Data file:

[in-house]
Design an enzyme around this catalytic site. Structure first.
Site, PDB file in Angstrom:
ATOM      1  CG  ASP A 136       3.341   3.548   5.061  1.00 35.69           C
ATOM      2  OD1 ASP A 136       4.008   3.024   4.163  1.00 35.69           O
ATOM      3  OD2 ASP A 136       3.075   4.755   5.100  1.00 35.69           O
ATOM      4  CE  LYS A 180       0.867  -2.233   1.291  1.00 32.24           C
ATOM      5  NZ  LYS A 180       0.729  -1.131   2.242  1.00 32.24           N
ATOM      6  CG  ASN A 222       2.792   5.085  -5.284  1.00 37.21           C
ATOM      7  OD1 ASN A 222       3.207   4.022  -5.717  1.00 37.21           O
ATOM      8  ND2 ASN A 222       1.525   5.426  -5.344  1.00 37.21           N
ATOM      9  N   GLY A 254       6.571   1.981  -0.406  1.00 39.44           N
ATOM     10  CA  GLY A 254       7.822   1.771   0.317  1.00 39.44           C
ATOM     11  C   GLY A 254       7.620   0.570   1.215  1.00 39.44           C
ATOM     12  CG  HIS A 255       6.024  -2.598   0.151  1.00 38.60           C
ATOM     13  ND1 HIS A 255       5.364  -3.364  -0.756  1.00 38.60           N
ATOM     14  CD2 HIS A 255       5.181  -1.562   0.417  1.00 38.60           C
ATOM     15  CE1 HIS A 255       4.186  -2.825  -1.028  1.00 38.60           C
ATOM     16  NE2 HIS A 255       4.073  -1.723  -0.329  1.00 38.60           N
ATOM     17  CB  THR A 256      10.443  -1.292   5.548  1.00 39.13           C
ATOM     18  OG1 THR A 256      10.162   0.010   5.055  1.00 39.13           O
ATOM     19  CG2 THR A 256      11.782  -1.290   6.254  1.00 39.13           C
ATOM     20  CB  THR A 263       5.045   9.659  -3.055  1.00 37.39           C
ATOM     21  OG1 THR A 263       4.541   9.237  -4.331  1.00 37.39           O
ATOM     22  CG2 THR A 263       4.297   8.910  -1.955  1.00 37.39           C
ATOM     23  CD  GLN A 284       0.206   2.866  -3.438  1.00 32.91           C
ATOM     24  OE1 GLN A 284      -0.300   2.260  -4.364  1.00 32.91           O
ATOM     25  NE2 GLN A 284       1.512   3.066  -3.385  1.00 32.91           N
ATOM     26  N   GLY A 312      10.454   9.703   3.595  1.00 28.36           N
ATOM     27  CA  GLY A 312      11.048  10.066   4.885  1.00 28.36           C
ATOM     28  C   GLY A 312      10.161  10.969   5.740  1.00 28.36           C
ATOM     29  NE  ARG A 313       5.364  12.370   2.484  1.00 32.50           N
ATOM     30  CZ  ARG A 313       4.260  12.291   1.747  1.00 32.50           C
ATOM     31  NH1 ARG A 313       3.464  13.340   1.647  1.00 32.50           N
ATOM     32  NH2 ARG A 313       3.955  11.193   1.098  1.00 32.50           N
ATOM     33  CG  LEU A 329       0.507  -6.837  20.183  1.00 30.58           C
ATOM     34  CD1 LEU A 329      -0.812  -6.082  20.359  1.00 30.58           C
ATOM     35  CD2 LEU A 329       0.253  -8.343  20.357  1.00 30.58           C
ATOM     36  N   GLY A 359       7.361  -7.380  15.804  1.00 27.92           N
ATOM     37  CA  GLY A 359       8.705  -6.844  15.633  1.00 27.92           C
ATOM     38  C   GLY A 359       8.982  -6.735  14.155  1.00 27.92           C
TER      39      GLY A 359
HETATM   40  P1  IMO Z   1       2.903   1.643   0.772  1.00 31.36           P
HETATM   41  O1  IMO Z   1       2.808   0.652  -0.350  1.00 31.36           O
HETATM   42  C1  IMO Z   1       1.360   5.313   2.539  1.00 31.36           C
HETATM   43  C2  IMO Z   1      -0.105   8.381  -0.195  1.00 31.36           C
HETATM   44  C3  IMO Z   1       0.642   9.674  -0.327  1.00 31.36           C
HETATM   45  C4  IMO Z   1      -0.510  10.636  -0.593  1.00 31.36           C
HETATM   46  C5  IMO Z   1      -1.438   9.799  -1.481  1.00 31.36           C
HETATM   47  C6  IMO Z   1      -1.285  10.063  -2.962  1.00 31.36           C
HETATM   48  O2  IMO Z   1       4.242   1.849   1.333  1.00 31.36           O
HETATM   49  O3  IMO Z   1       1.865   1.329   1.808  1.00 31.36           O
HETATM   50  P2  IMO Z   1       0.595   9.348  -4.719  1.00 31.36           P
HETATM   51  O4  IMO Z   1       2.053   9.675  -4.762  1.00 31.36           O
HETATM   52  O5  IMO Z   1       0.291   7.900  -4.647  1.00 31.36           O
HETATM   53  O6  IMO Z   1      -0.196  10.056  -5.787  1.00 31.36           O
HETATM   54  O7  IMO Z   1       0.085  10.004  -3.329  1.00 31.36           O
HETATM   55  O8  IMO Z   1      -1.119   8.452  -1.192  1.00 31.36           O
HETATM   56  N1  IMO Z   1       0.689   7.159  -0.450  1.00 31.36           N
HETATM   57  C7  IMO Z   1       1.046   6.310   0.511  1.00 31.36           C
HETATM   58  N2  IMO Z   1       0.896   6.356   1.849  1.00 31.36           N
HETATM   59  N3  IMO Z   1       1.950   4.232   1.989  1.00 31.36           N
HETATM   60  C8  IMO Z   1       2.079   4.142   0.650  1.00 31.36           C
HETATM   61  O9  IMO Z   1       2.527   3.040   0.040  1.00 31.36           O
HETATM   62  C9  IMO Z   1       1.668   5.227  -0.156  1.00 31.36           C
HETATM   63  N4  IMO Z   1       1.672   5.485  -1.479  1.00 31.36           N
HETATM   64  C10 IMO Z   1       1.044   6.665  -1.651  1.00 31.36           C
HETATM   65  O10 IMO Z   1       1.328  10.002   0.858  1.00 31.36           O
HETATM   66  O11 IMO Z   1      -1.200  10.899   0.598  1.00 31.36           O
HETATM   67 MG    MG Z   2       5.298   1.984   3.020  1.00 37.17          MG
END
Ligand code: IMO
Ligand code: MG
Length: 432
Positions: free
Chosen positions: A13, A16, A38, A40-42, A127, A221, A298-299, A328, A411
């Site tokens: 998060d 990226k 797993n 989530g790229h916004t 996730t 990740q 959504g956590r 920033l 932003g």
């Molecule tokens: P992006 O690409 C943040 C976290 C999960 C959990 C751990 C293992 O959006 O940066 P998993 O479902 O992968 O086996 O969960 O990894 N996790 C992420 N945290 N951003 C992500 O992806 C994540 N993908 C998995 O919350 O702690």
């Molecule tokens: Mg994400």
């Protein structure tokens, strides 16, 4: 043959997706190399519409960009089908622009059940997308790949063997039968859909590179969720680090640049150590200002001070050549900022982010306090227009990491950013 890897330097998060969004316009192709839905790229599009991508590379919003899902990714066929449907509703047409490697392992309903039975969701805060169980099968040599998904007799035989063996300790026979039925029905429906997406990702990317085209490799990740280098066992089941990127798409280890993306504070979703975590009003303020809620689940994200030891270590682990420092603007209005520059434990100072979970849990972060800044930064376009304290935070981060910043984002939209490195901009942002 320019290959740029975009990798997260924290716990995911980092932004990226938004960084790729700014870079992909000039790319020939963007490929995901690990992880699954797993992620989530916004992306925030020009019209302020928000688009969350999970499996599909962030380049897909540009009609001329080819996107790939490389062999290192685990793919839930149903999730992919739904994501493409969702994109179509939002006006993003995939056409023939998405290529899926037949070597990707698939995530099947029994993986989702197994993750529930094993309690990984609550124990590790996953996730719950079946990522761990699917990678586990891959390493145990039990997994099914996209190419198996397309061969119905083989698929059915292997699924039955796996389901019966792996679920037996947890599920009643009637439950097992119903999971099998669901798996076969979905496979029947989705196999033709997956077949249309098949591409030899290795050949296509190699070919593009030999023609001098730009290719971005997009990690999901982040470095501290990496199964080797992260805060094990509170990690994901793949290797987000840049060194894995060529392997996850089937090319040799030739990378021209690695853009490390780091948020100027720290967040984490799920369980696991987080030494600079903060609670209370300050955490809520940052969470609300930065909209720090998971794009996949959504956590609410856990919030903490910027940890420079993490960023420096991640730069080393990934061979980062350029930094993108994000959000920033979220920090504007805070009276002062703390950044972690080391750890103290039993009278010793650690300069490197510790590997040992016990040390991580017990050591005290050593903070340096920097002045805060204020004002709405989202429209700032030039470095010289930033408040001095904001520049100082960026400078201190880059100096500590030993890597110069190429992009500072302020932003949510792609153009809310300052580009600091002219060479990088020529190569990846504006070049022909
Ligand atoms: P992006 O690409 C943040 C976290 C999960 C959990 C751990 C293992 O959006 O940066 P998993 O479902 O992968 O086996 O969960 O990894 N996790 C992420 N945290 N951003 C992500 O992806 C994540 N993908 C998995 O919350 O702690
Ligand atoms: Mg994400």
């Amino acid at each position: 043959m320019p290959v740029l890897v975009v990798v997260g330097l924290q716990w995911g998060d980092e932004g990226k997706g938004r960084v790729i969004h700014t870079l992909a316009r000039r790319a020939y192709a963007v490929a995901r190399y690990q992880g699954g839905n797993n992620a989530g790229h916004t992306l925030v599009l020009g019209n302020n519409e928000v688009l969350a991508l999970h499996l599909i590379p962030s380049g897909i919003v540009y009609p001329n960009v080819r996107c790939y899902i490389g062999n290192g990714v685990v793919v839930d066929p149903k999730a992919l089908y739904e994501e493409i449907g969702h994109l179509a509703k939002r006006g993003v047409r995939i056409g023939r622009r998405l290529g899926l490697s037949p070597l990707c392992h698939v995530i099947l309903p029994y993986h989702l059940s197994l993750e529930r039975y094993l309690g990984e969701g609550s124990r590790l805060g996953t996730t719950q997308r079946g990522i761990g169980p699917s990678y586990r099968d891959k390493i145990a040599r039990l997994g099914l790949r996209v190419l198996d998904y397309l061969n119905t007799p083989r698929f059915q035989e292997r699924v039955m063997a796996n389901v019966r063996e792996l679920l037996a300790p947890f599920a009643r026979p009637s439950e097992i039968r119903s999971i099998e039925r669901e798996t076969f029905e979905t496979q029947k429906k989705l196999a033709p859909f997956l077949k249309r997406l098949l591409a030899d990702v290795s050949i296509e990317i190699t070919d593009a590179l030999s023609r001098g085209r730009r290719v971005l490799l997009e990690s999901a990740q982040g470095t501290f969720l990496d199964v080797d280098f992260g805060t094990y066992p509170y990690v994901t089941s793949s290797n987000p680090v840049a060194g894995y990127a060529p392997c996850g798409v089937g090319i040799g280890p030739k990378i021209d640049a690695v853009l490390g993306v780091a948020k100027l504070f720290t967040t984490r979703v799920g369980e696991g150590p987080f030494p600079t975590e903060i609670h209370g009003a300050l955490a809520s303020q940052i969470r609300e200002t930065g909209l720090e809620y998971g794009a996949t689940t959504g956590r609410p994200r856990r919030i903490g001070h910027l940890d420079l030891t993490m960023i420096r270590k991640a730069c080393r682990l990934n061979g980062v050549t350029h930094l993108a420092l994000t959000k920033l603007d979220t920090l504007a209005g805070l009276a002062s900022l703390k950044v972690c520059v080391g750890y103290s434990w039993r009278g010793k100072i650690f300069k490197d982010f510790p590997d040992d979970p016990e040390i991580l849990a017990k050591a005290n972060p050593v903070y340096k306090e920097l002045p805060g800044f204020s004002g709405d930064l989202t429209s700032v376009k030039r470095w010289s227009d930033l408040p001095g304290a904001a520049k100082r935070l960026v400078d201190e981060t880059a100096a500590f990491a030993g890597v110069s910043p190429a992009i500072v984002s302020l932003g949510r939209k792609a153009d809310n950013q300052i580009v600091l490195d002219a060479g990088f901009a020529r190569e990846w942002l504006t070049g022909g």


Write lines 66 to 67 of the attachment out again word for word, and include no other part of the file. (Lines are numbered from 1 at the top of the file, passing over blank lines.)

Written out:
HETATM   63  N4  IMO Z   1       1.672   5.485  -1.479  1.00 31.36           N
HETATM   64  C10 IMO Z   1       1.044   6.665  -1.651  1.00 31.36           C